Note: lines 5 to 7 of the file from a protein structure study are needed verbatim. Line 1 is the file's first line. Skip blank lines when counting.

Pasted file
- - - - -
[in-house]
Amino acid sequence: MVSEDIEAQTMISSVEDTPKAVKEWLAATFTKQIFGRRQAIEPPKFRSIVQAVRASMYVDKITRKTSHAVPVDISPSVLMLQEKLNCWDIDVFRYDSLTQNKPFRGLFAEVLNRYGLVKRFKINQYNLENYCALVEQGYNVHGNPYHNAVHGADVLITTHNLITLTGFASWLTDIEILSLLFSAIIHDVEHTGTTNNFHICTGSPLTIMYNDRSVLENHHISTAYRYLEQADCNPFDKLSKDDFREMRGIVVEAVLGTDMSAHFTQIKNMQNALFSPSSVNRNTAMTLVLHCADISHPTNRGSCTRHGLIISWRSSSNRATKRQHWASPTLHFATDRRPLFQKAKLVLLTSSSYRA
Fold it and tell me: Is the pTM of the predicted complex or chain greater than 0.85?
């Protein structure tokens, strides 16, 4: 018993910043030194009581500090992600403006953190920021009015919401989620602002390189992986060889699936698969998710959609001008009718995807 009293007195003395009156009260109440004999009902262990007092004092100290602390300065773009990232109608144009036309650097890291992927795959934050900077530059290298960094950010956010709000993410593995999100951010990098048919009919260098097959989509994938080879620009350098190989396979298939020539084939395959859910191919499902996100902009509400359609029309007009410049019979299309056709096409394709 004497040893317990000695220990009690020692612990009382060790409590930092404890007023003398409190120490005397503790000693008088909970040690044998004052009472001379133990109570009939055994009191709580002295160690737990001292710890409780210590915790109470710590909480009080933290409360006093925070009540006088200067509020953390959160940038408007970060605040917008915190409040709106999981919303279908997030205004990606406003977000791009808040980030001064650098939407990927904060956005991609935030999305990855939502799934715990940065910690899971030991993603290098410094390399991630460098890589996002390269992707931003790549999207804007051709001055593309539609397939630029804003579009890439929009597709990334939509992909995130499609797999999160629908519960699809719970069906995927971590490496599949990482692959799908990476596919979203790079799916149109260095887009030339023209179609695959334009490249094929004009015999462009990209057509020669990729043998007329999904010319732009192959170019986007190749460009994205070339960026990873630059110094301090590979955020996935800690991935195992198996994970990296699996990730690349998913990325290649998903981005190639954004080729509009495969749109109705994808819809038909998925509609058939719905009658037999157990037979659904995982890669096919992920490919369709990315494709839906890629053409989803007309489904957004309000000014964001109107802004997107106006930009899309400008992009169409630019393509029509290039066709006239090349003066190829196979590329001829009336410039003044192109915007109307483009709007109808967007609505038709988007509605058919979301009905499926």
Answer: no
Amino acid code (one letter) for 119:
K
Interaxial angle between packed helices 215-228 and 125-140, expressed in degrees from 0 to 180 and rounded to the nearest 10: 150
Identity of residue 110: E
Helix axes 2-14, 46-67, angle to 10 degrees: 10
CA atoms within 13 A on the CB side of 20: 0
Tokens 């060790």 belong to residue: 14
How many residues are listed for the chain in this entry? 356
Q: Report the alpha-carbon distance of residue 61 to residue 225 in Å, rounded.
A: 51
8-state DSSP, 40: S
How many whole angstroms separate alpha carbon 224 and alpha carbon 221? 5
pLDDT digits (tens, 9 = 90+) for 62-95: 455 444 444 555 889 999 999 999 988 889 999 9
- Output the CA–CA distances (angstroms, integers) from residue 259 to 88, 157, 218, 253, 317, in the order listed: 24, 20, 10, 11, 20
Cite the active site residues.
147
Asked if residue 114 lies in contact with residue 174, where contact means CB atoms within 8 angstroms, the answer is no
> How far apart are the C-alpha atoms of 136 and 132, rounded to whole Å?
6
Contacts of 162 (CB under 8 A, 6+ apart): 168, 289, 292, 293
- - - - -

Answer: no
Amino acid code (one letter) for 119:
K